Today we are reading from Mark 2: 1-12:
When he returned to Capernaum after some days, it was reported that he was at home. 2 So many gathered around that there was no longer room for them, not even in front of the door; and he was speaking the word to them. 3 Then some people came, bringing to him a paralyzed man, carried by four of them. 4 And when they could not bring him to Jesus because of the crowd, they removed the roof above him; and after having dug through it, they let down the mat on which the paralytic lay. 5 When Jesus saw their faith, he said to the paralytic, “Son, your sins are forgiven.” 6 Now some of the scribes were sitting there, questioning in their hearts, 7 “Why does this fellow speak in this way? It is blasphemy! Who can forgive sins but God alone?” 8 At once Jesus perceived in his spirit that they were discussing these questions among themselves; and he said to them, “Why do you raise such questions in your hearts? 9 Which is easier, to say to the paralytic, ‘Your sins are forgiven,’ or to say, ‘Stand up and take your mat and walk’? 10 But so that you may know that the Son of Man has authority on earth to forgive sins”—he said to the paralytic— 11 “I say to you, stand up, take your mat and go to your home.” 12 And he stood up, and immediately took the mat and went out before all of them; so that they were all amazed and glorified God, saying, “We have never seen anything like this!”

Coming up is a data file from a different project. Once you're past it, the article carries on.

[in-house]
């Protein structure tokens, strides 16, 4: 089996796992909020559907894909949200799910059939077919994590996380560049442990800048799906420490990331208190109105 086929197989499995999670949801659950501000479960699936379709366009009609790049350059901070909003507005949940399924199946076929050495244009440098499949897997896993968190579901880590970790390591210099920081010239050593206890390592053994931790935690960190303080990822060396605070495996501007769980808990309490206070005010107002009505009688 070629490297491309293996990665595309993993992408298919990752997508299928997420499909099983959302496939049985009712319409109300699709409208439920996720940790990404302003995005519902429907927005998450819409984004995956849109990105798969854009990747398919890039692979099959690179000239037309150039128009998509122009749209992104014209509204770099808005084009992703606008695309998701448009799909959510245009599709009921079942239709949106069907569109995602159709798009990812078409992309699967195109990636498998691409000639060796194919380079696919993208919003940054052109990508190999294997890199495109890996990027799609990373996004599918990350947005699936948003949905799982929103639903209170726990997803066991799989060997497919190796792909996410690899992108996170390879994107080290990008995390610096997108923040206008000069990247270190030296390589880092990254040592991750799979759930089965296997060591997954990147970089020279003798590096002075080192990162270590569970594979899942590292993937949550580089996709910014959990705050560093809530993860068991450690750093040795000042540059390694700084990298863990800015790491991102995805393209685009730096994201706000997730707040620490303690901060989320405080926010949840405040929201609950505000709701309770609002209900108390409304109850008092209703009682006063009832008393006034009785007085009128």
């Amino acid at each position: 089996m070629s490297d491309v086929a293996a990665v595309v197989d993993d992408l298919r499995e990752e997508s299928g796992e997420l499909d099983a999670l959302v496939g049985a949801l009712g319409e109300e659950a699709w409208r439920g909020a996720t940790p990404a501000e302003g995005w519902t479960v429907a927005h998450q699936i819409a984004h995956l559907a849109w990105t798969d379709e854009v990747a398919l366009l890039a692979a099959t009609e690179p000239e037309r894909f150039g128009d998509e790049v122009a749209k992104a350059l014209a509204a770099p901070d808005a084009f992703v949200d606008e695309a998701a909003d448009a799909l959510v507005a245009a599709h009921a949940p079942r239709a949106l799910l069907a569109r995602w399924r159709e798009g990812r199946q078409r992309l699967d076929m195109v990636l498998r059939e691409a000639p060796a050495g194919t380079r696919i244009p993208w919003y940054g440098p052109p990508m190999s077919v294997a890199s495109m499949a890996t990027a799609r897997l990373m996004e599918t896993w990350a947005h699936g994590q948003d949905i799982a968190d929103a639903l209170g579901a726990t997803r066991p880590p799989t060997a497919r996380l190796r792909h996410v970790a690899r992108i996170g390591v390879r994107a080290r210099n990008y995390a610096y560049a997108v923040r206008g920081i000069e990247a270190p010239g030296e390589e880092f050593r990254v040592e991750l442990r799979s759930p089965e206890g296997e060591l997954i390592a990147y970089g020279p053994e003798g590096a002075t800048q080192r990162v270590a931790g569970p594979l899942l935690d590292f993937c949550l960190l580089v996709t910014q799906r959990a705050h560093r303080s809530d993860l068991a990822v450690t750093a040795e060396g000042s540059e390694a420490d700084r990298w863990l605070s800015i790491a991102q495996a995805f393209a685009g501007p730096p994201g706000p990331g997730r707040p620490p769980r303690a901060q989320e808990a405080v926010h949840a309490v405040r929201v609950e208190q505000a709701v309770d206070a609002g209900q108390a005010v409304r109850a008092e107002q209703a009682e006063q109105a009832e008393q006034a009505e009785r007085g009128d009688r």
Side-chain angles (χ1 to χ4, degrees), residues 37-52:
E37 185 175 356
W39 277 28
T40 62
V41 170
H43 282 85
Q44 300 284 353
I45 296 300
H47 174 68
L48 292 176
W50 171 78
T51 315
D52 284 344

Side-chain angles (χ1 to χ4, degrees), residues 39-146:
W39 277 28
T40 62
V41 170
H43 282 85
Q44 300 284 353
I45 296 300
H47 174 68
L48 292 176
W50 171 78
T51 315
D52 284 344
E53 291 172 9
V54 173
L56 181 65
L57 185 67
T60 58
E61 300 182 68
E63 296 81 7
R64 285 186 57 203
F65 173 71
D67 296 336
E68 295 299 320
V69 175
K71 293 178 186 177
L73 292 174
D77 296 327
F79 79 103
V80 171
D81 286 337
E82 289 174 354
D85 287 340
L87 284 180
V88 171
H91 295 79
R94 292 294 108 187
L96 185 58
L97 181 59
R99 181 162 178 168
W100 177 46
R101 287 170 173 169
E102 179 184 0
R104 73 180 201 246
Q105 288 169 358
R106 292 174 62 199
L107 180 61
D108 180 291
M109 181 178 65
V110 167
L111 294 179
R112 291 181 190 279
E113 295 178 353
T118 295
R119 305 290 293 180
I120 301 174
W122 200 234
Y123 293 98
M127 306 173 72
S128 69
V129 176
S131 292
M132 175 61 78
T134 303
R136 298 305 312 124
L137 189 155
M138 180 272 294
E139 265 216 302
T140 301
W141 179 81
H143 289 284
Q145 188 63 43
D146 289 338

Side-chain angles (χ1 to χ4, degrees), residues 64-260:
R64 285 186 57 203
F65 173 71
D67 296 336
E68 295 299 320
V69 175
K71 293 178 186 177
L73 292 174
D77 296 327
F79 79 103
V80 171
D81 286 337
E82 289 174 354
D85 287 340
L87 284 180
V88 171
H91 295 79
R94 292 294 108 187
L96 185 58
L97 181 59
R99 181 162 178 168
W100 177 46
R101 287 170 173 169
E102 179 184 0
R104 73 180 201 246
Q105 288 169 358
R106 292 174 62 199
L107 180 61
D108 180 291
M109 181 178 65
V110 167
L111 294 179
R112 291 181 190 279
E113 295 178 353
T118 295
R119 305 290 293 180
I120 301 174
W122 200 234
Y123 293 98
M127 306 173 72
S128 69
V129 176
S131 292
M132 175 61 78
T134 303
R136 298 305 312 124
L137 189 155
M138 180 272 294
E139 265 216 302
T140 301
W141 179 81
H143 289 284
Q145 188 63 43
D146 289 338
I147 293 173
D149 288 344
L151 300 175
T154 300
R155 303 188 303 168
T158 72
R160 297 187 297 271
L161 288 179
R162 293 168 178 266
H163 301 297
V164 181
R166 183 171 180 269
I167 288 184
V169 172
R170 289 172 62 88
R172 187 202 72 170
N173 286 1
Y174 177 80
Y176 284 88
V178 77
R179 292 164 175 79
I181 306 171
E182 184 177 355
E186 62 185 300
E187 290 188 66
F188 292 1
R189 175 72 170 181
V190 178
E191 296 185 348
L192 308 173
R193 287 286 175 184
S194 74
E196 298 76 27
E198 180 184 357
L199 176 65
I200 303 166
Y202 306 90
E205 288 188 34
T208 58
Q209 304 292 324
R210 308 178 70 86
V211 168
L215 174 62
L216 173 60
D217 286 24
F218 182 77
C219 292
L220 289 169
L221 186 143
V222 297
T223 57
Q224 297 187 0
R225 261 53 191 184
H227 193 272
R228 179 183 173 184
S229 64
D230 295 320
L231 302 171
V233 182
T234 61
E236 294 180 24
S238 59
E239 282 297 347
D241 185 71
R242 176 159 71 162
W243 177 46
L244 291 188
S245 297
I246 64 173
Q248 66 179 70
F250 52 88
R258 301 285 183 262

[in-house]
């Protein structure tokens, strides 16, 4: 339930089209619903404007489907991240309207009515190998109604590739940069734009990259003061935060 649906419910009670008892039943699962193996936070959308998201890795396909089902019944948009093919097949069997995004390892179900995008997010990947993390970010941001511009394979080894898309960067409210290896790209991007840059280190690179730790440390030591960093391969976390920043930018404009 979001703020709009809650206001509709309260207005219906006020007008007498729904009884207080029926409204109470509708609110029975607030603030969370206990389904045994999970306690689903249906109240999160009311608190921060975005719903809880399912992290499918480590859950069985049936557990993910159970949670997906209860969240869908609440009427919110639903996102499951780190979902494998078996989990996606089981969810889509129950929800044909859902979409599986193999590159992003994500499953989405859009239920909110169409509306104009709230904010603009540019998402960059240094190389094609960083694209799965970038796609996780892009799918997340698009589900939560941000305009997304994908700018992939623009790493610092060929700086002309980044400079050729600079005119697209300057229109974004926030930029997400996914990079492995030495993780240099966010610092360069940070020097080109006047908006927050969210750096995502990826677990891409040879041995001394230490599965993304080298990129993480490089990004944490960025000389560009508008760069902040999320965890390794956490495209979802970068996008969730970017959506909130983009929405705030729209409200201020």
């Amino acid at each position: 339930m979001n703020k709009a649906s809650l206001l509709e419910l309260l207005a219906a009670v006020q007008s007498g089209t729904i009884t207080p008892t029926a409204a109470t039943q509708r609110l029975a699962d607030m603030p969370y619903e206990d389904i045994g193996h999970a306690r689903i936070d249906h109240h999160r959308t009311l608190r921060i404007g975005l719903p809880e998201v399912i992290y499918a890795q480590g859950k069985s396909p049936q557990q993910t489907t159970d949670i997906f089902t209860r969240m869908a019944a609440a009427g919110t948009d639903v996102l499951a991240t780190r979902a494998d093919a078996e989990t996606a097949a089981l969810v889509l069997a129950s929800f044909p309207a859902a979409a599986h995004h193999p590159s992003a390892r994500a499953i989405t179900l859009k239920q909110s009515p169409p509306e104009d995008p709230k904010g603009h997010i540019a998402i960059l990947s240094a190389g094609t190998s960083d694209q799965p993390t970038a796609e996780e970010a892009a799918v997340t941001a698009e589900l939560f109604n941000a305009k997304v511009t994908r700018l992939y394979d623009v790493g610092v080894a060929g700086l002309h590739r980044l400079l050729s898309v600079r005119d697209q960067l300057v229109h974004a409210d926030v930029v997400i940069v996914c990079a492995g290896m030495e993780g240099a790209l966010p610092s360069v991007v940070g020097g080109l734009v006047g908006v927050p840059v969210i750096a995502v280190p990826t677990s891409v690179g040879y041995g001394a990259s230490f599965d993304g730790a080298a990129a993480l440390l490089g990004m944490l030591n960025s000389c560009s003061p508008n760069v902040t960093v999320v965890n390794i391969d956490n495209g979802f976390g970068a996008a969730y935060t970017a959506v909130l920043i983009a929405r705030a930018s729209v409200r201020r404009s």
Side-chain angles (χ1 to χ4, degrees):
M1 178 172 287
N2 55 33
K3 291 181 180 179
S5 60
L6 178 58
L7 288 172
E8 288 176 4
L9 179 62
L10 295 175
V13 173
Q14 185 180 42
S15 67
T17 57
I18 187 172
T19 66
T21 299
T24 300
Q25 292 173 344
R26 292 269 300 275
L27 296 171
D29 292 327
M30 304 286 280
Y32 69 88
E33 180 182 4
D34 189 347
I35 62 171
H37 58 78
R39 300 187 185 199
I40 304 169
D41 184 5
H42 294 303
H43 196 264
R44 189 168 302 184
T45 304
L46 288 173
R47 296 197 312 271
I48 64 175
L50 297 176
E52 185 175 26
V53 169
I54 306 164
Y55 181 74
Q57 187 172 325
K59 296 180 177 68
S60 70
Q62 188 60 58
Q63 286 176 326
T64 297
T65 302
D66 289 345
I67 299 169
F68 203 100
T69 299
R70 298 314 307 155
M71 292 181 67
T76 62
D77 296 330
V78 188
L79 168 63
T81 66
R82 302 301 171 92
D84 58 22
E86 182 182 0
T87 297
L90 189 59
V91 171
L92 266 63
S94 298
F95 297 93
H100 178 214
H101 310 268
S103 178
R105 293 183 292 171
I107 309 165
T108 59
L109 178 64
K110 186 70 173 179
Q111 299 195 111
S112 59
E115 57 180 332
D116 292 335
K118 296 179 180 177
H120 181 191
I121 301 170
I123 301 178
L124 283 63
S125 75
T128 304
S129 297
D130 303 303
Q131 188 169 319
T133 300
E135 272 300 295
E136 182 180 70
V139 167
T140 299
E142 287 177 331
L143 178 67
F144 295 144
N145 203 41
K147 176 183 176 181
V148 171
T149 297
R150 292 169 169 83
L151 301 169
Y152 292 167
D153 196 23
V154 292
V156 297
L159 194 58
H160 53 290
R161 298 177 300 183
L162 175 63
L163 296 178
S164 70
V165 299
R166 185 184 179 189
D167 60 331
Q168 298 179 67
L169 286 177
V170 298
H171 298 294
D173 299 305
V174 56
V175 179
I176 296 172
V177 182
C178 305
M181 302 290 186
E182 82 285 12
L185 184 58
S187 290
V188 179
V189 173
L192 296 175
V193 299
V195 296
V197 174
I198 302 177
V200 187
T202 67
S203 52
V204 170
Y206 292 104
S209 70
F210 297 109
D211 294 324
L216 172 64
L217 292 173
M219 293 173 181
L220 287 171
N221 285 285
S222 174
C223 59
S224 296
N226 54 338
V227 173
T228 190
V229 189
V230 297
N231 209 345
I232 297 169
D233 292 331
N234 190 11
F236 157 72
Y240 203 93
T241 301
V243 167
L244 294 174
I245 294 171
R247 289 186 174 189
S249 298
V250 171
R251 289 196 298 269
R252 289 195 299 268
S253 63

One of my favorite baseball writers is a guy by the name of Peter Gammons. He worked for years at ESPN, before that he was at the Boston Globe. Great, great, great writer. Loved baseball and it came through in his right. He is a revered figure.
A few years back he had a major stroke and almost died because of it. He was later asked what was it like to grow through this and recover. He said it’s almost like getting to go to your own funeral, everyone says all the nice things about you they feel. And then he said something I’ve shared with people in the midst of tragedy before – sometimes the best thing about suffering is you see who is on your side.
I believe that is so true. Our loss and hurt often show us who is really on our side. Who is there when we are sick? In the hospital? In need? Who shows up? Who cares? Today, we see a lucky man, because he had four friends on his side. They were willing to do whatever it took to get this guy to Jesus. And the text tells us when Jesus saw THEIR faith, He healed the man.
It wasn’t the man’s faith. It was the friends’ faith. He saw who was on his side, and it made all the difference.
Today, who is on your side? Who can you count on? Who believes in you? Name them now. Thank God for them. And now, let them know that you are thankful for them. Call them. Text them. Reach out to them. Let them know that you are thankful.
And in the same way, be on their side. Today, we have much to be thankful for.
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